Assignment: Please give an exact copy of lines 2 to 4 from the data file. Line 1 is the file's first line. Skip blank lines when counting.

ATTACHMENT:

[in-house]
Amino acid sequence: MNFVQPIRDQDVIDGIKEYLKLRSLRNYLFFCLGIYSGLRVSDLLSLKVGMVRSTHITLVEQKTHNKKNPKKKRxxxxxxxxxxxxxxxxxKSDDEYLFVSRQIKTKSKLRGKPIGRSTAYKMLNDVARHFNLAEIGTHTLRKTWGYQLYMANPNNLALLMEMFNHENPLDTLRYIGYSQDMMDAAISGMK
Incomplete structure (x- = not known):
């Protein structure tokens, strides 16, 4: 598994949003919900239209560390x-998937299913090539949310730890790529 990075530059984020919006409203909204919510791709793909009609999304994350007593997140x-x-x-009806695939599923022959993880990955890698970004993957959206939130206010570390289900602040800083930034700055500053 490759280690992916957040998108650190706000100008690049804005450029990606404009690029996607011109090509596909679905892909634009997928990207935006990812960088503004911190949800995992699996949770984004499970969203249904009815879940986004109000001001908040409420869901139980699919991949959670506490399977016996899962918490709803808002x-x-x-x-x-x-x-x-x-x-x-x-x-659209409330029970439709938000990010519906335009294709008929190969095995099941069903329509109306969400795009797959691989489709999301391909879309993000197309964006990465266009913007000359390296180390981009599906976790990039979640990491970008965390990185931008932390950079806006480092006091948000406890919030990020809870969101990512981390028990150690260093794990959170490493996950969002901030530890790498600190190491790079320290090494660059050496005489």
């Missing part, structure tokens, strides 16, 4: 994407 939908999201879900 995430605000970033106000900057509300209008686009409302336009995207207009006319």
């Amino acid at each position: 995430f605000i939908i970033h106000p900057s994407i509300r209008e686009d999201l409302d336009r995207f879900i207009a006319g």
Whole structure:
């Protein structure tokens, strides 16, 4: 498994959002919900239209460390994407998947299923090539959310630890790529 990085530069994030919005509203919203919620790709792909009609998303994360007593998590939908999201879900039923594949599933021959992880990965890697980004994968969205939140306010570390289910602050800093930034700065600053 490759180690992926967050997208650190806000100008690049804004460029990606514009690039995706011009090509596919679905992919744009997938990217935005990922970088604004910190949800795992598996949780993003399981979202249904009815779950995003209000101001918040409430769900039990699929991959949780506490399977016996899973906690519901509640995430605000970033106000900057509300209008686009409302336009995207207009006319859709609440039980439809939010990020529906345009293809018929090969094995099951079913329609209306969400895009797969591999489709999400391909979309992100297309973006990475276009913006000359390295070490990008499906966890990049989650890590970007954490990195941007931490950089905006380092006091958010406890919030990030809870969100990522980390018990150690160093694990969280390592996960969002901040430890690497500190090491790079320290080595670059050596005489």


Amino acid sequence: MNFVQPIRDQDVIDGIKEYLKLRSLRNYLFFCLGIYSGLRVSDLLSLKVGMVRSTHITLVEQKTHNKKNPKKKRxxxxxxxxxxxxxxxxxKSDDEYLFVSRQIKTKSKLRGKPIGRSTAYKMLNDVARHFNLAEIGTHTLRKTWGYQLYMANPNNLALLMEMFNHENPLDTLRYIGYSQDMMDAAISGMK
Incomplete structure (x- = not known):
């Protein structure tokens, strides 16, 4: 598994949003919900239209560390x-998937299913090539949310730890790529 990075530059984020919006409203909204919510791709793909009609999304994350007593997140x-x-x-009806695939599923022959993880990955890698970004993957959206939130206010570390289900602040800083930034700055500053 490759280690992916957040998108650190706000100008690049804005450029990606404009690029996607011109090509596909679905892909634009997928990207935006990812960088503004911190949800995992699996949770984004499970969203249904009815879940986004109000001001908040409420869901139980699919991949959670506490399977016996899962918490709803808002x-x-x-x-x-x-x-x-x-x-x-x-x-659209409330029970439709938000990010519906335009294709008929190969095995099941069903329509109306969400795009797959691989489709999301391909879309993000197309964006990465266009913007000359390296180390981009599906976790990039979640990491970008965390990185931008932390950079806006480092006091948000406890919030990020809870969101990512981390028990150690260093794990959170490493996950969002901030530890790498600190190491790079320290090494660059050496005489």